Best Time to Visit Cusco
Peru is located in the southern hemisphere, so their summer runs from October to March, and the winter months are from April until September. The coldest month is July, with temperatures getting as low as 9.7 °C (49.5 °F). The summer months are when the rainfall comes, and temperatures will hover around 13.3 °C (55.9 °F) in November, which is the warmest month.
The weather can really vary dramatically, and this will have a large impact on your stay, so make sure that you are staying there at a good time of year to suit your needs. It is easy to define the two seasons. Cusco is located in the Andean mountains and sits at 3,400 m (11,200 ft), and has a subtropical highland climate which is generally dry.
The best time of year to visit for outdoor activities is from late April to mid-June and from mid-July to early October. However, saying this, I visited in March and in May, and although I had rain, I still had a great time and managed to get out on many hikes.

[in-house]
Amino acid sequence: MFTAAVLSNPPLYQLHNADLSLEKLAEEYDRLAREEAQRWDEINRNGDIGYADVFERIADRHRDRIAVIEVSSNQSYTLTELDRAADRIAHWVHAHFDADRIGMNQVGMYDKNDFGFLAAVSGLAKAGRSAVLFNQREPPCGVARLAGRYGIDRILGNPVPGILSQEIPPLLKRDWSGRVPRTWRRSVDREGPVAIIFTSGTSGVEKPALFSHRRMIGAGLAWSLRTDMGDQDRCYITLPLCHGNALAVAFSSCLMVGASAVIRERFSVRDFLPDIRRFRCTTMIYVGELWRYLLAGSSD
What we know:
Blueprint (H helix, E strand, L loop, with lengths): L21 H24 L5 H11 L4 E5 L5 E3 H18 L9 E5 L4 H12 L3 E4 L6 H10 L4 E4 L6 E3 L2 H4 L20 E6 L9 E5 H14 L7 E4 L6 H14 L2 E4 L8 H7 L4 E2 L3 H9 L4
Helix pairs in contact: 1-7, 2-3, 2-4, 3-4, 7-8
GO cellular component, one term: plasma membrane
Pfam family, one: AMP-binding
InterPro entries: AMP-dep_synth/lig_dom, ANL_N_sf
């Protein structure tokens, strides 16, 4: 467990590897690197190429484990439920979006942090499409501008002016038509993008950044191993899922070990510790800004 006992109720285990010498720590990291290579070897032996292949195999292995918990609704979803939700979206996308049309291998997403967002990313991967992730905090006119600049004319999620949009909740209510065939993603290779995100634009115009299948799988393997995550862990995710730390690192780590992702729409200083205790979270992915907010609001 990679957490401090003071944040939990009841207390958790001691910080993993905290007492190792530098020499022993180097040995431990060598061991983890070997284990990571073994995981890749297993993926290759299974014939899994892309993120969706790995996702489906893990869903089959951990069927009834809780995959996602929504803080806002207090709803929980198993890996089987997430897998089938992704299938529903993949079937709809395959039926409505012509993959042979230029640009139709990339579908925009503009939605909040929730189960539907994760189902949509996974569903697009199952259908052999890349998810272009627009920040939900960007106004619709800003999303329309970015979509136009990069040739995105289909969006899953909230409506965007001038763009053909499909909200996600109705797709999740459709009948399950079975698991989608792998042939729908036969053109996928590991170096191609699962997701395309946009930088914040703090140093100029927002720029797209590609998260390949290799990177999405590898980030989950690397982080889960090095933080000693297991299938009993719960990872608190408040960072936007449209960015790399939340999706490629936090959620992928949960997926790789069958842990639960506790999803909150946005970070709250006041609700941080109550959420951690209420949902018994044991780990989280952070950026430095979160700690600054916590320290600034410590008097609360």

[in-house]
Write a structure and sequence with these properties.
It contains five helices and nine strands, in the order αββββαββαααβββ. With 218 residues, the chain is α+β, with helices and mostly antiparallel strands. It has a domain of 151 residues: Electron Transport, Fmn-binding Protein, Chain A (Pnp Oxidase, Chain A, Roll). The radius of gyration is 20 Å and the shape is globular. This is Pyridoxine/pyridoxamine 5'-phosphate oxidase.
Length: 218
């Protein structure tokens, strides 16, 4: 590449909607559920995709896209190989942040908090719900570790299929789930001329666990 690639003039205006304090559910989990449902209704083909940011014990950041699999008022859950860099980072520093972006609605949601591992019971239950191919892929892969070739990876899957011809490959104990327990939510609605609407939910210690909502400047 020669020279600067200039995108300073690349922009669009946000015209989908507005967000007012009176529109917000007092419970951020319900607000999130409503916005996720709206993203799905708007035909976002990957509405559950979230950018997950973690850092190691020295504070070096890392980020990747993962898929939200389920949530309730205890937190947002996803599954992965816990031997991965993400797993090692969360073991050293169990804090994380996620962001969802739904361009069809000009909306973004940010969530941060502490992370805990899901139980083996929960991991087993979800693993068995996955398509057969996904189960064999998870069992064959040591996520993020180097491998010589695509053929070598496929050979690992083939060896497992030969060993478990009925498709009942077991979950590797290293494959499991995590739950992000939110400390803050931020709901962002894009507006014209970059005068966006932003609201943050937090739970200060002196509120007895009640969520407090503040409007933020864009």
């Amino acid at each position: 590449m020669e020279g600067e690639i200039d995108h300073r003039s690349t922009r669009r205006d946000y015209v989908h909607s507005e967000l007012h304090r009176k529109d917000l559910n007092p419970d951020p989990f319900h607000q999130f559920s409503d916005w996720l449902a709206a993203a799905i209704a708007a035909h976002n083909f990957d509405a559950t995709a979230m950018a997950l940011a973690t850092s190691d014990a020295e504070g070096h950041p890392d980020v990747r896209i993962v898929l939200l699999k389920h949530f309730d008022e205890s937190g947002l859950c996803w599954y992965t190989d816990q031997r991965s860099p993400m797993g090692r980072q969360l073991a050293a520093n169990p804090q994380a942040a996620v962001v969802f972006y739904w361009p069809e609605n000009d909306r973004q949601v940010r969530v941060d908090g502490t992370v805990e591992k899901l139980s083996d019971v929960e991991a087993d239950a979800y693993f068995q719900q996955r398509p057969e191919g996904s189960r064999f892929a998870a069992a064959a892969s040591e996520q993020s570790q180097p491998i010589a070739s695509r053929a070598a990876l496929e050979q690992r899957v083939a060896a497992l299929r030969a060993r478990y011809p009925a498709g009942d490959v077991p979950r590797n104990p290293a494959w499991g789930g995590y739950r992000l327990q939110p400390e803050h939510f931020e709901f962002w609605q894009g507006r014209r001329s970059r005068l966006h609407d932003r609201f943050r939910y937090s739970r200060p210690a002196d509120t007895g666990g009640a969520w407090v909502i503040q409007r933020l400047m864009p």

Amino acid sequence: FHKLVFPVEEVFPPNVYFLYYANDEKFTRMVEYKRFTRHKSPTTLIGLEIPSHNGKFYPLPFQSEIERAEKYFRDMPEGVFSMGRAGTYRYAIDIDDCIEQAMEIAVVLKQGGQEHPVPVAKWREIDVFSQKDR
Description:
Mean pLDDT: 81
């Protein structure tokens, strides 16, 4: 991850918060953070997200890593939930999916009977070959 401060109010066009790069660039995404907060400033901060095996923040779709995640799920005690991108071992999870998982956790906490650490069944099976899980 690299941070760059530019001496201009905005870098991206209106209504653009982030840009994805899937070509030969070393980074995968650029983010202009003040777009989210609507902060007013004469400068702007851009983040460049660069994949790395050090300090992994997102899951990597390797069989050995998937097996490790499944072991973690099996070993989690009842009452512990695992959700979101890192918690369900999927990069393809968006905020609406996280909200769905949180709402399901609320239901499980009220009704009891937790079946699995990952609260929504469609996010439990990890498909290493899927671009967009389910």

Cusco for Families
Cusco is a great place for families, as it is rich in culture, history, and things to do. Using Facebook groups such as Expats Cusco is a great way to connect with a community that is already on the ground. This is the best way to find out information about local schools, daycares, and facilities in the region that might be useful for you and your family.
Lima is the capital of Peru, and this is better suited for facilities as it is an international hub, whereas although Cusco is still one of the largest cities in Peru, facilities aren’t quite up to the same standard as Lima. It will make integration easier if you and your children speak Spanish.
Some of the best international schools in Cusco are ANDINO Cusco International School, IBS International British School, and Proyecto Peru Centre. As always advised, it is best to contact schools directly for exact information on the curriculum that is taught and what is on offer. There are also a number of daycares in Cusco, many offered with hotel stays too, so if you book a hotel, make sure to see if this is available.